Data from: Trade-offs among locomotor performance, reproduction, and immunity in lizards
Cite this dataset
Husak, Jerry F.; Ferguson, Haley A.; Lovern, Matthew B. (2017). Data from: Trade-offs among locomotor performance, reproduction, and immunity in lizards [Dataset]. Dryad. https://doi.org/10.5061/dryad.2d960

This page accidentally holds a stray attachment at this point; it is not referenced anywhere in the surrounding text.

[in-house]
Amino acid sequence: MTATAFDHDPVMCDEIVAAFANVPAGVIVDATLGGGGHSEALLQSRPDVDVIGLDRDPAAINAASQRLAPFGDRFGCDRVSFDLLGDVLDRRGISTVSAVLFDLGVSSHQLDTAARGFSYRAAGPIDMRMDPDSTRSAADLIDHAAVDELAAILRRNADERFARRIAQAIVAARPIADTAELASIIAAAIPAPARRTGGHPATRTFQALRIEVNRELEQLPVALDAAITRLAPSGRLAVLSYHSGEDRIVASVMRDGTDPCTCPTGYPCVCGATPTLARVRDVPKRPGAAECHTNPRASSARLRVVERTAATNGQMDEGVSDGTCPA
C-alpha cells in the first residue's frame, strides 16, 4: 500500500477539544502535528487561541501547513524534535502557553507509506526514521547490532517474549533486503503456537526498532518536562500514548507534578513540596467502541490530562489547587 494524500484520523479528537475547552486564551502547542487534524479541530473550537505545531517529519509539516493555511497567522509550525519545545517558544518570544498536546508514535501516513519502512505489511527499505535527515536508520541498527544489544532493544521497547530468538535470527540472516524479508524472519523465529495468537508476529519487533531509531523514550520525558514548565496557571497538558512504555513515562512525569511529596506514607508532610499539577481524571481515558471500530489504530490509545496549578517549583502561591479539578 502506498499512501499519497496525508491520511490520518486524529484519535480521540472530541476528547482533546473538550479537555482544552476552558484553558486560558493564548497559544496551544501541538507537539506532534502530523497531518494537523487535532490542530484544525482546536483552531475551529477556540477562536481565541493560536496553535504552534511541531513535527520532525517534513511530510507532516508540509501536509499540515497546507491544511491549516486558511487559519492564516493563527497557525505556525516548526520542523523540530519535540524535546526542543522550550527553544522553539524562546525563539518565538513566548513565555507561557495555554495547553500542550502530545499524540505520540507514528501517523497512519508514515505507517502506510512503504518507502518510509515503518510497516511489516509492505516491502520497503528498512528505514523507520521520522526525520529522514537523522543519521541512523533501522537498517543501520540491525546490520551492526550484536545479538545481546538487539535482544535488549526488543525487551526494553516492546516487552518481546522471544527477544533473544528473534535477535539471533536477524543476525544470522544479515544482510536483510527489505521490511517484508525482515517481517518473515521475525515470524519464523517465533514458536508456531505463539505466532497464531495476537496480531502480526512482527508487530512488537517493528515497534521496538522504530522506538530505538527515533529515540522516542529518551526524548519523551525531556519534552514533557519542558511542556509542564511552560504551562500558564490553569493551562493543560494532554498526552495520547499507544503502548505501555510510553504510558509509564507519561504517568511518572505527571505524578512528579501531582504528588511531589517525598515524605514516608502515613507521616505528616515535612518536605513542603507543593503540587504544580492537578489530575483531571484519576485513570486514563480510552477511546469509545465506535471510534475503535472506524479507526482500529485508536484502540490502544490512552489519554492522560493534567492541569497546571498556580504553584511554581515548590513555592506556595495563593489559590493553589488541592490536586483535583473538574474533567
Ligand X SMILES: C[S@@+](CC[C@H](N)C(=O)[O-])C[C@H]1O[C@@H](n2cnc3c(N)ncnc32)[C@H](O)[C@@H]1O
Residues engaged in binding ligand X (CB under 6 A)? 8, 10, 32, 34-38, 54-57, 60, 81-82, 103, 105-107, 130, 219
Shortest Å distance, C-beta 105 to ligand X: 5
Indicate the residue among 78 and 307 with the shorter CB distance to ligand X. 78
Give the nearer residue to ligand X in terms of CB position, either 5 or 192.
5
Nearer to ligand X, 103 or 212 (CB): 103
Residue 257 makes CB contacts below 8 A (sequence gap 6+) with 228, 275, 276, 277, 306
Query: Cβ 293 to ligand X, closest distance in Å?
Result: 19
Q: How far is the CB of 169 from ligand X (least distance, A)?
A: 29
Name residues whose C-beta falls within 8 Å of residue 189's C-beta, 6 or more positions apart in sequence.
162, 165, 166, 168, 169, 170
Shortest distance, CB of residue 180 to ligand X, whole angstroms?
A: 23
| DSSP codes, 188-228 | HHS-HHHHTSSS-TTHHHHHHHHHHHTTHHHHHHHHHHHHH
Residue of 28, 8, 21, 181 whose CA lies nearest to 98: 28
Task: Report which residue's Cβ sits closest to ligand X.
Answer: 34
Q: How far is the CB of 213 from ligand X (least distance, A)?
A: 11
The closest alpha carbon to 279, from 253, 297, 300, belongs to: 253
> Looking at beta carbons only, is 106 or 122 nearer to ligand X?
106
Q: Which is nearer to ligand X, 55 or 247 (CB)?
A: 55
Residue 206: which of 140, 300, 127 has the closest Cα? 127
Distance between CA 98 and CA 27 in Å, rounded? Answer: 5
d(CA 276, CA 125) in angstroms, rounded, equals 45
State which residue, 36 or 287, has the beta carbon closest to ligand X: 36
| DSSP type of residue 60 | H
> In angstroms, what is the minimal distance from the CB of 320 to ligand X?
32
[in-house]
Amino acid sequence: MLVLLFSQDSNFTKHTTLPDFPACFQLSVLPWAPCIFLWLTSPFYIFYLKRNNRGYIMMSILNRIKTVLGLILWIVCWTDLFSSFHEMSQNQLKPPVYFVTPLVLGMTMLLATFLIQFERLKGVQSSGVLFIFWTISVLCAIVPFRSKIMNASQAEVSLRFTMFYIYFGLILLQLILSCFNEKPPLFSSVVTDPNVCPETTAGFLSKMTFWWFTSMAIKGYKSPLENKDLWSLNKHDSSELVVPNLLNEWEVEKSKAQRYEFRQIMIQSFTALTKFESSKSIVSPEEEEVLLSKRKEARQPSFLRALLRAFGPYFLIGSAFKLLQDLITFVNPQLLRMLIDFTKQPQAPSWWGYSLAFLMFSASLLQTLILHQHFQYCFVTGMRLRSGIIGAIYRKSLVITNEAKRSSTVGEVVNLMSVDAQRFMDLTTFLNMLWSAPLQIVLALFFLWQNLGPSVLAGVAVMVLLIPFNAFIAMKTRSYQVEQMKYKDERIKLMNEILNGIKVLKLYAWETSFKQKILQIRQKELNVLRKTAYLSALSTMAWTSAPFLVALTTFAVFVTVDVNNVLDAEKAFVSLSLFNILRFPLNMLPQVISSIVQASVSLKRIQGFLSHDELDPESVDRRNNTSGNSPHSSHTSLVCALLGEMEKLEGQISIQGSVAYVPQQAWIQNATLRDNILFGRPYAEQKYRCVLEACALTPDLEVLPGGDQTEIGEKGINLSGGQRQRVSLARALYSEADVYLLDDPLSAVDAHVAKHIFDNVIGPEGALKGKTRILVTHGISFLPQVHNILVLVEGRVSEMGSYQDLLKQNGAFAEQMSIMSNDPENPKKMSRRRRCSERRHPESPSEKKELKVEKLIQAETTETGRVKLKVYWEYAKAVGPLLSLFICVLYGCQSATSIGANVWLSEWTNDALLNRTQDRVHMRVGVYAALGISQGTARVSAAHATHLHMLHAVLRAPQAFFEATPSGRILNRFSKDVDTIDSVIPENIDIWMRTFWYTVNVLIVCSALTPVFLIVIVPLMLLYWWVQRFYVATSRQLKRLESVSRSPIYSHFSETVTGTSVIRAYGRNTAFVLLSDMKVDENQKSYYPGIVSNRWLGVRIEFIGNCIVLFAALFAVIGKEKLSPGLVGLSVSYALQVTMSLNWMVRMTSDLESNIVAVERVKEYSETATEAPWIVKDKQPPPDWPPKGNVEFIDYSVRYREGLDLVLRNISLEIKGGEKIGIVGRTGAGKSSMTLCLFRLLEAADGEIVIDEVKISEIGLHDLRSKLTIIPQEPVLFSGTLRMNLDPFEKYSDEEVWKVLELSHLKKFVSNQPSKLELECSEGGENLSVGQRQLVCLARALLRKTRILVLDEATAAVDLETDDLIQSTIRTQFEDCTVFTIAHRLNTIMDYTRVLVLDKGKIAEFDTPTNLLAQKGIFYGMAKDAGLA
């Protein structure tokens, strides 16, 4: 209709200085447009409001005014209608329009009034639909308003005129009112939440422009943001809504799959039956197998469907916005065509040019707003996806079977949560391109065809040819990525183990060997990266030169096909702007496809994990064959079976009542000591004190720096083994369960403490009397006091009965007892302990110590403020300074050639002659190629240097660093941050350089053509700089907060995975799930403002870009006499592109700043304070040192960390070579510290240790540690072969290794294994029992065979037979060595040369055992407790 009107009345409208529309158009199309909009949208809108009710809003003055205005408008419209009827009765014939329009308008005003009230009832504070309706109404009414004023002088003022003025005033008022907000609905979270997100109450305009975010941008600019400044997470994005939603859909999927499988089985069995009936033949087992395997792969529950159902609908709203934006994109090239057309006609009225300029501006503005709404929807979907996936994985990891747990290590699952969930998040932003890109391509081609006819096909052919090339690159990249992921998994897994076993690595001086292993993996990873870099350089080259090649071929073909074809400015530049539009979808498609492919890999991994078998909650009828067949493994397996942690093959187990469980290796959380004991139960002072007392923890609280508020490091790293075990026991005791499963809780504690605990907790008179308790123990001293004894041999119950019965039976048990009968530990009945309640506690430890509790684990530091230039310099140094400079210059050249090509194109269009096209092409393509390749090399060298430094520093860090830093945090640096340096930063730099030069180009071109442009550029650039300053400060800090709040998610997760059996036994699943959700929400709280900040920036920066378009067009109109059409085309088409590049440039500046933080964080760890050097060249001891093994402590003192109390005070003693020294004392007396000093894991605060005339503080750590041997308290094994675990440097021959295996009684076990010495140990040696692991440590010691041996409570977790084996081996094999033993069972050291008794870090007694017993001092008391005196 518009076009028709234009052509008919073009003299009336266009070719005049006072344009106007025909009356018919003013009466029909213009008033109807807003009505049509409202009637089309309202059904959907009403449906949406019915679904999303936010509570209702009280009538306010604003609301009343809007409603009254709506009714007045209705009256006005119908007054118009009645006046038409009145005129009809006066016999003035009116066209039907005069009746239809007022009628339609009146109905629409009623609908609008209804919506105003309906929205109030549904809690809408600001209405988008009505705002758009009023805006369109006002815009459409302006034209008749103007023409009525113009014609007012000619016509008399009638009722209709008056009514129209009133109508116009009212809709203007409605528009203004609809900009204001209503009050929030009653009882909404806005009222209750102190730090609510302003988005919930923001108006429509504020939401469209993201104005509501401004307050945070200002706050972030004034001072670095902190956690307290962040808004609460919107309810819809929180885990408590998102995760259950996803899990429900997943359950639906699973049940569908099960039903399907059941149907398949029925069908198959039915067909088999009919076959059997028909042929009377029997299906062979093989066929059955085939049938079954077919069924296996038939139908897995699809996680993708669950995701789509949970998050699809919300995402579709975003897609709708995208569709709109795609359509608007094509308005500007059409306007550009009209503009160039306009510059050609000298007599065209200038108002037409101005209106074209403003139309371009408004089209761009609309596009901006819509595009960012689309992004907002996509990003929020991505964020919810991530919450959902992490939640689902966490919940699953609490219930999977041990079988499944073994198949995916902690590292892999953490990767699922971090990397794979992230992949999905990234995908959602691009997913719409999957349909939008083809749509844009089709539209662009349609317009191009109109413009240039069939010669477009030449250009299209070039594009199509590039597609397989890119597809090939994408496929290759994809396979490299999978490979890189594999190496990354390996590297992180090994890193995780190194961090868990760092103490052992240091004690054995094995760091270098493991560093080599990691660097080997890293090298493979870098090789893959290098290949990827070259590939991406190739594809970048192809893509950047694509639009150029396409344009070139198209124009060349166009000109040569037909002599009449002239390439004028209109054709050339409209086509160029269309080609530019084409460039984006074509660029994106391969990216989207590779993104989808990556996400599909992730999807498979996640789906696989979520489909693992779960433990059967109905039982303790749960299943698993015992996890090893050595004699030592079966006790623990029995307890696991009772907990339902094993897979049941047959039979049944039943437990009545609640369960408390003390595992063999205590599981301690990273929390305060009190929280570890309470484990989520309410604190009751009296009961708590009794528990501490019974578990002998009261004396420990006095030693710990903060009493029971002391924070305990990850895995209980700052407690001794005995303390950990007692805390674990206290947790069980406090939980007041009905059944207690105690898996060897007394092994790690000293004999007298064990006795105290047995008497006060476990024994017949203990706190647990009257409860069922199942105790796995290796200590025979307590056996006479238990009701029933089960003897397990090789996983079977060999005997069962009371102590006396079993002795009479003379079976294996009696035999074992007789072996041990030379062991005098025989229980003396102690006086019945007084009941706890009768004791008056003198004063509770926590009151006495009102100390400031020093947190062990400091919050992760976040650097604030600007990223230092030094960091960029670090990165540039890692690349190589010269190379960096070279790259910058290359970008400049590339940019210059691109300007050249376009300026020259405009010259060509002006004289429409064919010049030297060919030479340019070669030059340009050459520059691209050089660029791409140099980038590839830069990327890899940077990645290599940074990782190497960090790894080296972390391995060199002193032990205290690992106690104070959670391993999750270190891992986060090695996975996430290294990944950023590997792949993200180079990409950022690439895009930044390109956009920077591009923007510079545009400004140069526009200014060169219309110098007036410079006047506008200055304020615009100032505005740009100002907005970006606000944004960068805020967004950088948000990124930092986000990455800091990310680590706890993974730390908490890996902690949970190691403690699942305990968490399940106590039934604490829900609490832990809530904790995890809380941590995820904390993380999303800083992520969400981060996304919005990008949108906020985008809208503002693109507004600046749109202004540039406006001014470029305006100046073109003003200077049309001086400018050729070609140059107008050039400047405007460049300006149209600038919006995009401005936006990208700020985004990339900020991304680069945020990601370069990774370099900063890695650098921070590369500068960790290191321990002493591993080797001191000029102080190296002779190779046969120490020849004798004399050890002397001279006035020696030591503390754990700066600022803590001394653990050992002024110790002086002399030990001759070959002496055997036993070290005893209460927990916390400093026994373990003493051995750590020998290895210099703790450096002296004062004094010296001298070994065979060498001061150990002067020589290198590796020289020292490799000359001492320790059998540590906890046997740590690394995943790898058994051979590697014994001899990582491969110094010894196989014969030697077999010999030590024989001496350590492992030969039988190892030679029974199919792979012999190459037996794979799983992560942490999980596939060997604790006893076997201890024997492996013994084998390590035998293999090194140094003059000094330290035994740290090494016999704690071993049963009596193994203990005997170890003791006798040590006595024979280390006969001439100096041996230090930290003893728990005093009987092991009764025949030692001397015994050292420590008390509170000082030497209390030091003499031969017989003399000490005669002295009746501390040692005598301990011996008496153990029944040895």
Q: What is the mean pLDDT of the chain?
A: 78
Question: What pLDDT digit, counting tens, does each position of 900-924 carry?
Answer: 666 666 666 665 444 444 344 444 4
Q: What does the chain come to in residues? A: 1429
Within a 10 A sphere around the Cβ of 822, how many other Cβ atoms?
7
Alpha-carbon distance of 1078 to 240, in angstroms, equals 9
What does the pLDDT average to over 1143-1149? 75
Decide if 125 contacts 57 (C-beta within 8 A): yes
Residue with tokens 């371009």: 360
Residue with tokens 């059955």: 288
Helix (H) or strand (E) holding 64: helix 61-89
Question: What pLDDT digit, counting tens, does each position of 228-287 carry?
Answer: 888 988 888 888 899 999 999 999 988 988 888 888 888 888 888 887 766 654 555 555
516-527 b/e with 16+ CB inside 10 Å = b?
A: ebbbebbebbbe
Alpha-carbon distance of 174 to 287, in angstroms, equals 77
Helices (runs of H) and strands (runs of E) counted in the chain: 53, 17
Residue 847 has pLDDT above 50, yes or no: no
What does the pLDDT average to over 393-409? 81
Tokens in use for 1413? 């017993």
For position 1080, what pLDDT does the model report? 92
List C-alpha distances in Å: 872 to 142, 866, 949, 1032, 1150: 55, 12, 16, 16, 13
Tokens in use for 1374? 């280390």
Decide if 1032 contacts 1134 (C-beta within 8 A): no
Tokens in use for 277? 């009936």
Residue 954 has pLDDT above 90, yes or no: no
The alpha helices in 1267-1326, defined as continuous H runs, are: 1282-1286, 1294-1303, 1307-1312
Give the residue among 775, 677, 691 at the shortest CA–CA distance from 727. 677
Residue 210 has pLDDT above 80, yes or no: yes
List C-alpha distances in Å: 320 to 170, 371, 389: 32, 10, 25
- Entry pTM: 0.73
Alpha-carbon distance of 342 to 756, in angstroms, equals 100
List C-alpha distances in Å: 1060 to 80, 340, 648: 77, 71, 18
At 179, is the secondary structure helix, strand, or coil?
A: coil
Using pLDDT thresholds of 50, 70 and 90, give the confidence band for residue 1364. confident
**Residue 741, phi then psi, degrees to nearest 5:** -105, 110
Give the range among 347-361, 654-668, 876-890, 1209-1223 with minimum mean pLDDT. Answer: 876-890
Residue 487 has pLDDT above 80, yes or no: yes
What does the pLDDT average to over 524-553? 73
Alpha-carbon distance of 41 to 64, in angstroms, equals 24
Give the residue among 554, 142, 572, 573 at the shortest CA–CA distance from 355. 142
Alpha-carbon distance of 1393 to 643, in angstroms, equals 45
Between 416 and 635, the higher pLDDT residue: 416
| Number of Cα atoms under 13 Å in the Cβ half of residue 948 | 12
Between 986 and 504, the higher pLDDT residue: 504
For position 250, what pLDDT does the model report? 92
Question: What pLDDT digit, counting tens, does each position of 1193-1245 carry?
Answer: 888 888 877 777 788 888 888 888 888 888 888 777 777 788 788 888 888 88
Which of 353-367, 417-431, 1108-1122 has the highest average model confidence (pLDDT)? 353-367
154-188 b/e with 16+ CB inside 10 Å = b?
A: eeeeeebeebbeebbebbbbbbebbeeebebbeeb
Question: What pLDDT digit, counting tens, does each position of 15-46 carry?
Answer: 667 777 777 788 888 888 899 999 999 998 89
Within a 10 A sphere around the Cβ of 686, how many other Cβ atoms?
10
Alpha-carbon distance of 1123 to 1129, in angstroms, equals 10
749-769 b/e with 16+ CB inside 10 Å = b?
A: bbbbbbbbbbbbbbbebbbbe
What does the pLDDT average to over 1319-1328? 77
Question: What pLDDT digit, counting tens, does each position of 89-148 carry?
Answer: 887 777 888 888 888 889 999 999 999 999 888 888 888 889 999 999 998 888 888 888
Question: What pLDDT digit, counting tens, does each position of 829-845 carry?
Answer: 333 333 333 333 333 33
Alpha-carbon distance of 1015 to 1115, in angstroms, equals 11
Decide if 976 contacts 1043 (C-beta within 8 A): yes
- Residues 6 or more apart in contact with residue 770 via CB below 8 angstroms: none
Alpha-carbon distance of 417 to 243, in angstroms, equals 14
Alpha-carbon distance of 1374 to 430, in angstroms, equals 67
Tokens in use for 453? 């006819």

Life-history theory predicts that investment of acquired energetic resources to a particular trait denies those same resources from being allocated to a different trait, resulting in life-history trade-offs. Dynamic, whole-organism performance traits, including locomotor capacity, are key to fitness and fit within this framework. Such performance traits are typically energetically expensive, but are seldom integrated into life-history studies. We manipulated diet and allocation of resources to performance, via exercise training, to examine trade-offs among endurance capacity, growth, immune function and current reproductive investment. Captive green anole lizards were assigned to one of four treatment combinations across two factors (diet restricted or not and endurance trained or not) over the course of 9 weeks. Our results show that both diet restriction and training dramatically suppressed reproduction and immune function, but there were opposing effects of diet restriction and training on growth. Elevated corticosterone from training was associated with suppression of immunity, and decreased fat stores from diet restriction were associated with suppressed reproduction in both sexes. Our results suggest that locomotor performance is an important part of energy allocation decisions and thus a key component of life-history trade-offs.